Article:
Qualifying as a start-up as per the Indian Patent Rules

InvnTree featured image


The Indian Government has announced various initiatives to promote start-ups. One such initiative brings various benefits to start-ups in their patenting initiatives. The benefits primarily correspond to discounts in government fees and expediting of patent examination. The government fees charged for start-ups will be the same as that charged for natural persons (individuals). In this article, we discuss the criteria to be met by an entity, regardless of whether the entity is Indian or not, to qualify as a start-up.  

Note that at the time of writing this article the amended rules, under which these benefits are being provided, was released one day before (May 16, 2016). Hence, there could be changes in the way these rules are interpreted going forward.

Criteria to qualify as start-up

Most of the criteria are objective, with one criterion being subjective in nature. To begin with the objective criteria are listed as questions, and if the answer to each of the below listed questions is in the affirmative (yes), then the entity qualifies as a start-up.

  1. Is the applicant for a patent a Private Limited company as defined in the Companies Act, 2013 or a registered partnership firm registered under section 59 of the Partnership Act, 1932 or a limited liability partnership under the Limited Liability Partnership Act, 2002?

Explanation: At present, it appears that Non-Indian partnership and limited liability partnership firms may not qualify as start-ups, since registration in India of such firms appear to be mandatory to claim benefits. However, a Non-Indian entity as long as it meets the definition of a “Private Limited Company” as defined in the Companies Act, 2013, can qualify as start-up. The definition is provided below.

“private company” means a company having a minimum paid-up share capital of one lakh rupees (USD 1515 at conversion rate of USD 1 = INR 66) or such higher paid-up share capital as may be prescribed, and which by its articles,—

  • restricts the right to transfer its shares;
  • except in case of One Person Company, limits the number of its members to two hundred:
  • Provided that where two or more persons hold one or more shares in a company jointly, they shall, for the purposes of this clause, be treated as a single member:
  • Provided further that—

(A) persons who are in the employment of the company; and

(B) persons who, having been formerly in the employment of the company, were members of the company while in that employment and have continued to be members after the employment ceased, shall not be included in the number of members; and

  • prohibits any invitation to the public to subscribe for any securities of

 the company;

  1. Has the entity been registered or incorporated within the last five years?
  2. Has the turnover of the entity in each of the financial year in the last five years been less than INR Twenty five crores (USD 3787878 at conversion rate of USD 1 = INR 66)?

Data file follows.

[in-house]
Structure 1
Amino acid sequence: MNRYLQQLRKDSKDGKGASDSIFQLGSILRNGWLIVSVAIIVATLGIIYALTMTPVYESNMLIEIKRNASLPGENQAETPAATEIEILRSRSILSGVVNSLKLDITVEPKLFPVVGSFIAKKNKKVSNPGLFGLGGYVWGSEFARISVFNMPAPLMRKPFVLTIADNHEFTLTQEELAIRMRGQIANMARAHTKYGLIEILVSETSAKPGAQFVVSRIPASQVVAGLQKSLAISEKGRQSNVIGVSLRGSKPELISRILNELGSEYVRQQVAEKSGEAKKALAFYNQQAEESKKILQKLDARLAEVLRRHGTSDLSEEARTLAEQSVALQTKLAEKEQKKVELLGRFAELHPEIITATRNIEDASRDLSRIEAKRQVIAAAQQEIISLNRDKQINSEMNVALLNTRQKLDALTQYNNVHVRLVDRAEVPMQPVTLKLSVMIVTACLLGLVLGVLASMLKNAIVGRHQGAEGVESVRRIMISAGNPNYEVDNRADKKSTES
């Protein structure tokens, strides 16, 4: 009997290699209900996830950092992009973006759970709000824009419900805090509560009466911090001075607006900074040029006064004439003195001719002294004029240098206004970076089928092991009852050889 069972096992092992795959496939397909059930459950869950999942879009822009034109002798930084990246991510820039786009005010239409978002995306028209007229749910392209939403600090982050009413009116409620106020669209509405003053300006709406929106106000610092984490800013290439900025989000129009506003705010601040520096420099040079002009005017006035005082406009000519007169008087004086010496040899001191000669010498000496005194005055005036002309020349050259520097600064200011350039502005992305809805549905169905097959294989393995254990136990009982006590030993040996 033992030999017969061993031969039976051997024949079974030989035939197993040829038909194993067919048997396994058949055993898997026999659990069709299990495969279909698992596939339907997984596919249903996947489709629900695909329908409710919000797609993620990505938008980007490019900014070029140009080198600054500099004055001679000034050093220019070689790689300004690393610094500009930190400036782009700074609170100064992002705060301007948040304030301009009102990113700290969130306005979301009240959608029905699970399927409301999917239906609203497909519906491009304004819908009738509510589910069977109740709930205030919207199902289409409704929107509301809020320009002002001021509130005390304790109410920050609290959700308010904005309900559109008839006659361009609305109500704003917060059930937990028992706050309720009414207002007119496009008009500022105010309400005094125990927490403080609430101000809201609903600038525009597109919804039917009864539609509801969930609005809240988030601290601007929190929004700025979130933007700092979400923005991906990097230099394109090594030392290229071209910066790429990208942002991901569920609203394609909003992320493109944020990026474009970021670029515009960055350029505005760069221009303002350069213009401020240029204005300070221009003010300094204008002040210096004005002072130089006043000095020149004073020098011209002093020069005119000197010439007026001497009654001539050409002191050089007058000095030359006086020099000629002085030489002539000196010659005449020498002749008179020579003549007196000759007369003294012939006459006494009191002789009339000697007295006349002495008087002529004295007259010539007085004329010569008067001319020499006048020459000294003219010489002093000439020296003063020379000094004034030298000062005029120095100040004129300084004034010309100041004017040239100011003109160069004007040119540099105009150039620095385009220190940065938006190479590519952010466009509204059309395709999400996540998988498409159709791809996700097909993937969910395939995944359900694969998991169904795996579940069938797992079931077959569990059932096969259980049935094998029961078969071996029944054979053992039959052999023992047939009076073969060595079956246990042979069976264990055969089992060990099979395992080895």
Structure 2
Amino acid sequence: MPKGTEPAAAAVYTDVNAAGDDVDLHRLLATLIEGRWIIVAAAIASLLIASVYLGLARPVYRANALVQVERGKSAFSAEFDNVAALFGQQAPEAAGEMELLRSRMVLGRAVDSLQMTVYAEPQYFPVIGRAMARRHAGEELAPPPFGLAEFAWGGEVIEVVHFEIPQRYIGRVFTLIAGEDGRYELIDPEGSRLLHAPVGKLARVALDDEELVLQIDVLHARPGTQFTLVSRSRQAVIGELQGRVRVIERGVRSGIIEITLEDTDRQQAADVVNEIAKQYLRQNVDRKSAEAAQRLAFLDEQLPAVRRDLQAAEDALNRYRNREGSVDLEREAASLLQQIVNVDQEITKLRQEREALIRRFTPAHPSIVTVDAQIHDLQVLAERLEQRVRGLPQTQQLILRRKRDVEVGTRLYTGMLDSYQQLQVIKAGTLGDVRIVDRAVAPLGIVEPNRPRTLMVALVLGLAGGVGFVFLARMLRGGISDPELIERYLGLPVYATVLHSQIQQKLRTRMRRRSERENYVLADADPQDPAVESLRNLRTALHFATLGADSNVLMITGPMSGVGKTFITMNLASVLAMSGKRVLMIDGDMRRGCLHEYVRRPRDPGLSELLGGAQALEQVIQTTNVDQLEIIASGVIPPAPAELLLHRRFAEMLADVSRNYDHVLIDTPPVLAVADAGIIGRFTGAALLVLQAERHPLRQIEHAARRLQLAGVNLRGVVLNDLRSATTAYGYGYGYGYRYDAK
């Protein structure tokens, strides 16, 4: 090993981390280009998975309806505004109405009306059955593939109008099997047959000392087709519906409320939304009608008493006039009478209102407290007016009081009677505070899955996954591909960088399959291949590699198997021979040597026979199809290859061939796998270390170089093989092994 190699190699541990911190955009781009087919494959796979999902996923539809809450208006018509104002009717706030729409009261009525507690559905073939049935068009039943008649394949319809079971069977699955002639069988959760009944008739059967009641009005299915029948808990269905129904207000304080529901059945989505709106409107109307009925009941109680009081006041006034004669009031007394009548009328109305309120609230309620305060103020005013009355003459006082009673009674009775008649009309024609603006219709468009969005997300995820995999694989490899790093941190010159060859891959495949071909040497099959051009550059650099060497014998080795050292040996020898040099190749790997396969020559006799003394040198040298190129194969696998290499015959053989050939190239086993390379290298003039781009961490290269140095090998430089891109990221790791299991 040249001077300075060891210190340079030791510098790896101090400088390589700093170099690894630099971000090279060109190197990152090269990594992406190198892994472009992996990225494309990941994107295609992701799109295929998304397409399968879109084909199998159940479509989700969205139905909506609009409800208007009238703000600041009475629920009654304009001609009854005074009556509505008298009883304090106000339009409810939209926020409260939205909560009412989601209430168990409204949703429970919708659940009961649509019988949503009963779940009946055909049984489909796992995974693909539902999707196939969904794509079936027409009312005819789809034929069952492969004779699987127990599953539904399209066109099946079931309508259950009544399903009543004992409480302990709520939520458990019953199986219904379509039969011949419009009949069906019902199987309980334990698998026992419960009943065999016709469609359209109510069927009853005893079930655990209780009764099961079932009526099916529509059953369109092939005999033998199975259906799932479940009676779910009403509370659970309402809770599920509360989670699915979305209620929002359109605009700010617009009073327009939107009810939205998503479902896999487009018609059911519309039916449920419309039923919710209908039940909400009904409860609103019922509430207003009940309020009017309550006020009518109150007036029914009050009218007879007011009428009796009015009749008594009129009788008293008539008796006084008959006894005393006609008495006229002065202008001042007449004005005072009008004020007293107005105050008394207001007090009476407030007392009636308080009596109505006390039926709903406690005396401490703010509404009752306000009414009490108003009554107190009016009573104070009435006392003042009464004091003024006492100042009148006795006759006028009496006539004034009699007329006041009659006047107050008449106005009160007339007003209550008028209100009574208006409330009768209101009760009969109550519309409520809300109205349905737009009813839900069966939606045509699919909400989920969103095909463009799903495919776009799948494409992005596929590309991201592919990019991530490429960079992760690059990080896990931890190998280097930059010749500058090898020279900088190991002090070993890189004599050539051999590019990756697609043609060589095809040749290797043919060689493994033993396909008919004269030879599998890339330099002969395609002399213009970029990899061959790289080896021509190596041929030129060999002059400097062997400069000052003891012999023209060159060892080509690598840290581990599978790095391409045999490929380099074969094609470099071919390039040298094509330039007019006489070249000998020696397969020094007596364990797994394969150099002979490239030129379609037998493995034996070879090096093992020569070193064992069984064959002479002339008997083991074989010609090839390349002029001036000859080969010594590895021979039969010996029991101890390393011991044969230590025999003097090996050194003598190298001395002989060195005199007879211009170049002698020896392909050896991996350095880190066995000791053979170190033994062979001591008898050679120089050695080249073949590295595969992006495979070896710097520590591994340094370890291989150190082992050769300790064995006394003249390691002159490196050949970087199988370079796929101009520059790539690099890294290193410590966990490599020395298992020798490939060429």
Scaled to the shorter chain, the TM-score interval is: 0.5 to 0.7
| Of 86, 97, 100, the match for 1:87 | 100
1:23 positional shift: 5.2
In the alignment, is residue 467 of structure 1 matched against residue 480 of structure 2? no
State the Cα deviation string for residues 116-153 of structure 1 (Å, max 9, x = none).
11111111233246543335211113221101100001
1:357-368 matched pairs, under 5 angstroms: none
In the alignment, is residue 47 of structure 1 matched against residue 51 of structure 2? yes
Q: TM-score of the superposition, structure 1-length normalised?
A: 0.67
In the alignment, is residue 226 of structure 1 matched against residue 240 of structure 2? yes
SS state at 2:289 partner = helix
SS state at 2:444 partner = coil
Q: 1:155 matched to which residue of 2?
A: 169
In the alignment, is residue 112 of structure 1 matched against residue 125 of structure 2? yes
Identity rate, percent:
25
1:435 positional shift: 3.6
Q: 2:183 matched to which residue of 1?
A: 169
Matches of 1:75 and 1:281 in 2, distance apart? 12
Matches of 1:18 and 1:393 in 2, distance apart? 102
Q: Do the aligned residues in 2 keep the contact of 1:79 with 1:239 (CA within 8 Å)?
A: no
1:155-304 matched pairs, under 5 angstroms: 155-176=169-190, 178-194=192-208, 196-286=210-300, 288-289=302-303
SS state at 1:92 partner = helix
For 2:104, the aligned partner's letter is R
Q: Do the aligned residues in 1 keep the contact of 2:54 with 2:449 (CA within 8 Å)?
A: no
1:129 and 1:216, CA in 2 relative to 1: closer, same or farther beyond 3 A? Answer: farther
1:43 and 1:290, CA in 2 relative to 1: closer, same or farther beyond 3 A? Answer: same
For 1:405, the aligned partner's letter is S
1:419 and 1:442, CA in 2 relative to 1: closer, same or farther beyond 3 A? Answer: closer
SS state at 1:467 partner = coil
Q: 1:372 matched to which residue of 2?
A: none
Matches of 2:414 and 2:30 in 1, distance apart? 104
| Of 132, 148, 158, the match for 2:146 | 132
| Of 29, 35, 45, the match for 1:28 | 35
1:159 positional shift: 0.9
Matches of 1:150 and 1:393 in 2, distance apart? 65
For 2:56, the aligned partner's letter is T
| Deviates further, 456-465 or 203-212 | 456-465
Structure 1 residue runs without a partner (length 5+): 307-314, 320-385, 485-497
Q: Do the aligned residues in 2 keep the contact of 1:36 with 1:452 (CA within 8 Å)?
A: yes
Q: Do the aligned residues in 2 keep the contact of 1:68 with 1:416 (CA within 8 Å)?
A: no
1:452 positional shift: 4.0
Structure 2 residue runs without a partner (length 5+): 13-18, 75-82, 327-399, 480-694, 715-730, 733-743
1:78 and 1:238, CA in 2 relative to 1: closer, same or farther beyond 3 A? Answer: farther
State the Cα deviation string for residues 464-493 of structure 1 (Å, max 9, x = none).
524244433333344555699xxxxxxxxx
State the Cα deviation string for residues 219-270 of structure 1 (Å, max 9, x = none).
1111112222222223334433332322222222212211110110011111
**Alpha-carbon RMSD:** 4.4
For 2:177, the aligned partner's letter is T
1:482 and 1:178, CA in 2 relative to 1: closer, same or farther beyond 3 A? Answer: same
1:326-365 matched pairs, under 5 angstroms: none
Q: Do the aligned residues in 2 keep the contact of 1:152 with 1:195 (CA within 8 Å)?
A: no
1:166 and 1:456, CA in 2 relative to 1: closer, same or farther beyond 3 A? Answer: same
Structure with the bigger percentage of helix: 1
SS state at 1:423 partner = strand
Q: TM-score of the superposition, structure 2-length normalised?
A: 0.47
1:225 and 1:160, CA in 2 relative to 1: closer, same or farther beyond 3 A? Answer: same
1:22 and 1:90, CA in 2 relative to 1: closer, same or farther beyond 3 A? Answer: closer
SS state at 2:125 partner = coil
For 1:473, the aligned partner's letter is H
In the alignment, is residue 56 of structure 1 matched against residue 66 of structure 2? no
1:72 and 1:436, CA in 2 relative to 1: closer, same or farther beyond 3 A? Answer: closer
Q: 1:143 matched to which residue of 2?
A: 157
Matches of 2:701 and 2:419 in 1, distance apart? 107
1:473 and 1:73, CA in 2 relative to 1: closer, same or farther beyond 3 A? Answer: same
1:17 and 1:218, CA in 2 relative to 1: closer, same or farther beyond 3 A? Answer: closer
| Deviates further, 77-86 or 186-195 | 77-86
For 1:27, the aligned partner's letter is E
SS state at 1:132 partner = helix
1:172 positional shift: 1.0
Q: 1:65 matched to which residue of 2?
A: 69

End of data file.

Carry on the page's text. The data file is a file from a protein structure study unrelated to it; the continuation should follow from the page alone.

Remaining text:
3. Has the entity been formed without splitting up or reconstructing a business, which was already in existence?

The entity has to provide evidence in support of the above listed criteria to be recognized as start-up. The evidence for an Indian entity can include registration or incorporation certificate, and Balance sheet/Income tax acknowledgment for the corresponding years. Whether a declaration by a Chartered accountant regarding the income of the company be accepted is yet be determined. A foreign entity may provide equivalent documents as evidence.

Further, with regards to the subjective criterion, an entity to qualify as start-up should  be working towards innovation, development, deployment or commercialisation of new products, processes or services driven by technology or intellectual property. The criterion is considered to be met if the entity aims to develop and commercialise a new product or service or process, or a significantly improved existing product or service or process that will create or add value for customers or workflow. The entity may provide evidence supporting its claim to have met this criterion by providing a declaration mentioning that based on the patent application that is being currently filed they are working towards developing and commercializing a new product or service or process, or a significantly improved existing product or service or process that will create or add value for customers or workflow.

We hope this article helps patent applicants decide which type of entity they fall under. You may also read our article to know about how to claim small entity status

You may also download the article for your reference. 

Please feel free check our patent services page to find out if we can cater to your patent requirements. You can also contact us to explore the option of working together. 

Best regards – Team InvnTree   

This work is licensed under a Creative Commons Attribution-NonCommercial 3.0 Unported License 


Print Friendly

2 Responses to Qualifying as a start-up as per the Indian Patent Rules

  1. […] to avail expedited examination of their patent application. The amended Rules also set out the criteria to qualify as start-up. The Rules do not mandate certification by any government agency to qualify as start-up. However, […]

  2. […] Certain conditions have to be met to qualify as startups. You can read more about this in our article.  The patent office charges other than natural person applicants who are a small […]

Leave a Reply to A guide for startups to obtain DIPP Certificate to Avail Benefits in the Indian Patenting Process | Invntree Cancel reply

Your email address will not be published. Required fields are marked *

four × four =


Subscribe to our Monthly Newsletter!